Best wishes,
Kirk
The LearnEnglish Team

When George died he and Anne had been married for nearly fifty years.
this is past perfect. i just want to ask why they use been in past perfect.. is this right with been ?

Hello afzalskynet,

We form the past perfect with [had + the past participle]. The past participle of the verb 'be' is 'been'. Therefore, to make the past perfect of 'be' we use [had + been].

I hope that clarifies it for you.

Best wishes,

 

Peter

The LearnEnglish Team

Hello Mr Peter M, I want to learn and improve my english but I dont have this type of environment where I do conversation with my friends if you guide my for this. It will be very helpful for me..

Thanks

Hello afzalskynet,

You are welcome to use the site in any way you wish, and working through the grammar pages is good if you find that useful, but I'd like to suggest a different method, but you should do what is best for you. I'd suggest you try the Elementary Podcasts. Start with series 1 episode 1. First, listen to the one or two sections of the podcast, and then read the transcript (under Instructions & downloads) as you listen. Then do the exercises that correspond to the sections you've listened to.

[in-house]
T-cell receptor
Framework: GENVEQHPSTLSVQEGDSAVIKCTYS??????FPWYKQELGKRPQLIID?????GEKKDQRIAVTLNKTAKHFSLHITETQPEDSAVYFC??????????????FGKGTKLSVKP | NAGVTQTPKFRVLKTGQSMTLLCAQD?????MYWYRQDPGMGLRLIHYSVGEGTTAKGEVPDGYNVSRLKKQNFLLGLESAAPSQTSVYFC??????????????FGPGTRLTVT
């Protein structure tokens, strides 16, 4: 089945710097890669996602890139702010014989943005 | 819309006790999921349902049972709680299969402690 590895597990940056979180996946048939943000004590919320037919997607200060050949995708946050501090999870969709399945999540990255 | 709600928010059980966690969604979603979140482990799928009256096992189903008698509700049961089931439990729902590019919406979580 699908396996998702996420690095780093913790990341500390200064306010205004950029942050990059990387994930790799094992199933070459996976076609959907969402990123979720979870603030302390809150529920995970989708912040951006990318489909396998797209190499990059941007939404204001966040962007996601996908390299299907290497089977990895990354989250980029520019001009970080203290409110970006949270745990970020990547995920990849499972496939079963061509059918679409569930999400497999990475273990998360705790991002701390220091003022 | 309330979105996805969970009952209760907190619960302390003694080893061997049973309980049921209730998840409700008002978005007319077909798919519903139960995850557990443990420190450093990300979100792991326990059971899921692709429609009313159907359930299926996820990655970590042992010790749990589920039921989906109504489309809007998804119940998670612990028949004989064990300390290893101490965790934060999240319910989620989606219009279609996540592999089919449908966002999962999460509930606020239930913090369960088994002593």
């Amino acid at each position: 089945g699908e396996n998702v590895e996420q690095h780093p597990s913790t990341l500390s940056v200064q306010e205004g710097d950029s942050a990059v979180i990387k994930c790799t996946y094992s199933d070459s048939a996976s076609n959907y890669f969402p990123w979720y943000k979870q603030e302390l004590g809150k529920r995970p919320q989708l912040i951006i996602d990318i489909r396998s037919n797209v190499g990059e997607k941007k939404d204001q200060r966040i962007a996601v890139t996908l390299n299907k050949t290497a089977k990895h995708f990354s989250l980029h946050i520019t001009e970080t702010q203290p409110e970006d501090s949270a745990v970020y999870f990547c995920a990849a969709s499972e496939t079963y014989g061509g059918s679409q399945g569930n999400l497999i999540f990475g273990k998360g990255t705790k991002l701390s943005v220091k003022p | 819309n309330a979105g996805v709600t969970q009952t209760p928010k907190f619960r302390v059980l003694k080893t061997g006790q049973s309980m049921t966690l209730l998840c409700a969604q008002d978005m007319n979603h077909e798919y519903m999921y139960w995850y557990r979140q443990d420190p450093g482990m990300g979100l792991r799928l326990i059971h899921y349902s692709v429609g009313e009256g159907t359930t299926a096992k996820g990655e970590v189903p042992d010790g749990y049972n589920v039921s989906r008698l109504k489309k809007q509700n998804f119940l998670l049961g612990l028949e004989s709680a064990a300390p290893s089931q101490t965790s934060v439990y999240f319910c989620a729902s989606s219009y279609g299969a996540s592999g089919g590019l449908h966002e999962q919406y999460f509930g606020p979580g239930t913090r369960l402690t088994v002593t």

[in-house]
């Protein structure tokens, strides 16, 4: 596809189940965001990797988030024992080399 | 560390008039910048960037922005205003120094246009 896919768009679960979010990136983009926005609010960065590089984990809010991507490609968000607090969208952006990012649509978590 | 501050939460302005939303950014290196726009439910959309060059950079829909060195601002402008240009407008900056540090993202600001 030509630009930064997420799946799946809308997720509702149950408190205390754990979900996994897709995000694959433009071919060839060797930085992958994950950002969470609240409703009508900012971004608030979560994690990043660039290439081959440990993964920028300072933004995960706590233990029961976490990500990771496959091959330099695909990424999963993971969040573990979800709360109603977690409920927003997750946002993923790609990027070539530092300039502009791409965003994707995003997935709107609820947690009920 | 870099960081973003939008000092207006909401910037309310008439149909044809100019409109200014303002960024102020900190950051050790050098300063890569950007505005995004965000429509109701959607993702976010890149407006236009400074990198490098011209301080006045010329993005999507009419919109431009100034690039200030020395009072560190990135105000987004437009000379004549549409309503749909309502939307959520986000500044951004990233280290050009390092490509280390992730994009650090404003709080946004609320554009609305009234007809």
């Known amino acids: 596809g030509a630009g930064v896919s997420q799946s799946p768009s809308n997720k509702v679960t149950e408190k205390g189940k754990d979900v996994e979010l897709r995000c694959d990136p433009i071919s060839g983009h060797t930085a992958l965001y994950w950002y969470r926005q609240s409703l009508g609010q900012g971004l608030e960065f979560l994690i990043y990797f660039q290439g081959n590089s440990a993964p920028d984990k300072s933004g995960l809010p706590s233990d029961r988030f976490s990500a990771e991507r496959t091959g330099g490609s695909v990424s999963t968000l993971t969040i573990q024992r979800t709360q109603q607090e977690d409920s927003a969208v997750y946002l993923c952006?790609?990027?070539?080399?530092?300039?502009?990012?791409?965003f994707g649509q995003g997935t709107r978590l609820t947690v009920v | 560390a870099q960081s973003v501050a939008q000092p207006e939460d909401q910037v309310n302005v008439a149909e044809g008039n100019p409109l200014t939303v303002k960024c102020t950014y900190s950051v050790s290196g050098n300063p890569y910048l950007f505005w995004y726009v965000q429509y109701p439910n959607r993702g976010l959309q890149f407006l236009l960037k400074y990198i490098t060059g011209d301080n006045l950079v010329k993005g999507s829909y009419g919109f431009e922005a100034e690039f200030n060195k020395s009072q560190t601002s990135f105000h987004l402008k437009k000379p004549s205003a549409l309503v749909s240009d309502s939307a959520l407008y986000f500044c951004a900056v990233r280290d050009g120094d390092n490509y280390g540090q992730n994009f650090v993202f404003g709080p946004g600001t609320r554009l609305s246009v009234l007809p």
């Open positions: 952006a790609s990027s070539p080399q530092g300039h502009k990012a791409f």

You should choose some useful phrases from what you've listened to and imitate their pronunciation - repeat those words and phrases many times. Pronounce whole phrases, not just words, because the pronunciation of words in English changes according to context. Repeat these phrases until they're relatively easy to say.

Then try to use these phrases in your daily life. You can speak them to yourself, as if you were speaking to another person, and this will help you learn to use them correctly and to remember them. When you find some grammar that you want to learn more about, consult the grammar pages, but I think you will learn more in general by using the Elementary Podcasts.

Good luck!

Best wishes,
Kirk
The LearnEnglish Team

Hello Kirk Sir,
Thank you so much for your reply. I will do as you suggest me .

Sir i want to know the uses of 'have had' and 'had had' in detail with their examples...? Thanx in advance.....

Hello Vishesh,

'Have had' is an example of the present perfect and 'had had' is an example of the past perfect. There are a lot of examples of these forms on this page and in other pages in our grammar section, along with explanations of their use.

Best wishes,

Adam
The LearnEnglish Team